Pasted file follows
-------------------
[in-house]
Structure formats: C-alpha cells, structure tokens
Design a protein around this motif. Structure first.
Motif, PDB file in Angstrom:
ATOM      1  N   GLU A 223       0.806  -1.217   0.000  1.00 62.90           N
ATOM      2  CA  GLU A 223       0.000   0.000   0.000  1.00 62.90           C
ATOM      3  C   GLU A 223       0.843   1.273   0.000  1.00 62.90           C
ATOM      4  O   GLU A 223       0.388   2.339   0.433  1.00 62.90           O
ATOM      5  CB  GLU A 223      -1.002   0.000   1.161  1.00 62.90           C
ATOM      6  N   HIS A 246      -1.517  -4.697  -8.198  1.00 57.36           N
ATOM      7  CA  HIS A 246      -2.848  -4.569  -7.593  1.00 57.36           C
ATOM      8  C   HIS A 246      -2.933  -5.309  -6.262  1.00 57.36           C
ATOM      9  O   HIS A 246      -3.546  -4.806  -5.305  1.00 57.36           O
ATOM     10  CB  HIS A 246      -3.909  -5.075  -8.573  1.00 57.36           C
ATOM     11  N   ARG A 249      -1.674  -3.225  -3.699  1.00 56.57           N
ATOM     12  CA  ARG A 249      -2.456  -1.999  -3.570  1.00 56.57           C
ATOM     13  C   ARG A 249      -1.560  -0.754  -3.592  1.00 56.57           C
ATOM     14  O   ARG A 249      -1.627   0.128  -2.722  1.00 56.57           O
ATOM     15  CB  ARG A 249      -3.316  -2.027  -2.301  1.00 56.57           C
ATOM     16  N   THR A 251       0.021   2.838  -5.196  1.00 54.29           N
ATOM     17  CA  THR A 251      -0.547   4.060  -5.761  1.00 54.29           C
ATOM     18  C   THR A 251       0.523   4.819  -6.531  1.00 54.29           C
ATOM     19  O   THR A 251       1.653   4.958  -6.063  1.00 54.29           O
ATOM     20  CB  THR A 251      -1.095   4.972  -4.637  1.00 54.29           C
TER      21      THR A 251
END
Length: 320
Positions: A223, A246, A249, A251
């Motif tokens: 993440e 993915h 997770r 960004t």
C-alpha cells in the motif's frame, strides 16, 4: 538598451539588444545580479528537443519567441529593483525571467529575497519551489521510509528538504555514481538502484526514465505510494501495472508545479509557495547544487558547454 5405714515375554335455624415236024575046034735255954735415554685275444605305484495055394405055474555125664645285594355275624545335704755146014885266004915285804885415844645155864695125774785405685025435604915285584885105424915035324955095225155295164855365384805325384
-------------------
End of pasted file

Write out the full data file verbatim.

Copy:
[in-house]
Structure formats: C-alpha cells, structure tokens
Design a protein around this motif. Structure first.
Motif, PDB file in Angstrom:
ATOM      1  N   GLU A 223       0.806  -1.217   0.000  1.00 62.90           N
ATOM      2  CA  GLU A 223       0.000   0.000   0.000  1.00 62.90           C
ATOM      3  C   GLU A 223       0.843   1.273   0.000  1.00 62.90           C
ATOM      4  O   GLU A 223       0.388   2.339   0.433  1.00 62.90           O
ATOM      5  CB  GLU A 223      -1.002   0.000   1.161  1.00 62.90           C
ATOM      6  N   HIS A 246      -1.517  -4.697  -8.198  1.00 57.36           N
ATOM      7  CA  HIS A 246      -2.848  -4.569  -7.593  1.00 57.36           C
ATOM      8  C   HIS A 246      -2.933  -5.309  -6.262  1.00 57.36           C
ATOM      9  O   HIS A 246      -3.546  -4.806  -5.305  1.00 57.36           O
ATOM     10  CB  HIS A 246      -3.909  -5.075  -8.573  1.00 57.36           C
ATOM     11  N   ARG A 249      -1.674  -3.225  -3.699  1.00 56.57           N
ATOM     12  CA  ARG A 249      -2.456  -1.999  -3.570  1.00 56.57           C
ATOM     13  C   ARG A 249      -1.560  -0.754  -3.592  1.00 56.57           C
ATOM     14  O   ARG A 249      -1.627   0.128  -2.722  1.00 56.57           O
ATOM     15  CB  ARG A 249      -3.316  -2.027  -2.301  1.00 56.57           C
ATOM     16  N   THR A 251       0.021   2.838  -5.196  1.00 54.29           N
ATOM     17  CA  THR A 251      -0.547   4.060  -5.761  1.00 54.29           C
ATOM     18  C   THR A 251       0.523   4.819  -6.531  1.00 54.29           C
ATOM     19  O   THR A 251       1.653   4.958  -6.063  1.00 54.29           O
ATOM     20  CB  THR A 251      -1.095   4.972  -4.637  1.00 54.29           C
TER      21      THR A 251
END
Length: 320
Positions: A223, A246, A249, A251
């Motif tokens: 993440e 993915h 997770r 960004t």
C-alpha cells in the motif's frame, strides 16, 4: 538598451539588444545580479528537443519567441529593483525571467529575497519551489521510509528538504555514481538502484526514465505510494501495472508545479509557495547544487558547454 5405714515375554335455624415236024575046034735255954735415554685275444605305484495055394405055474555125664645285594355275624545335704755146014885266004915285804885415844645155864695125774785405685025435604915285584885105424915035324955095225155295164855365384805325384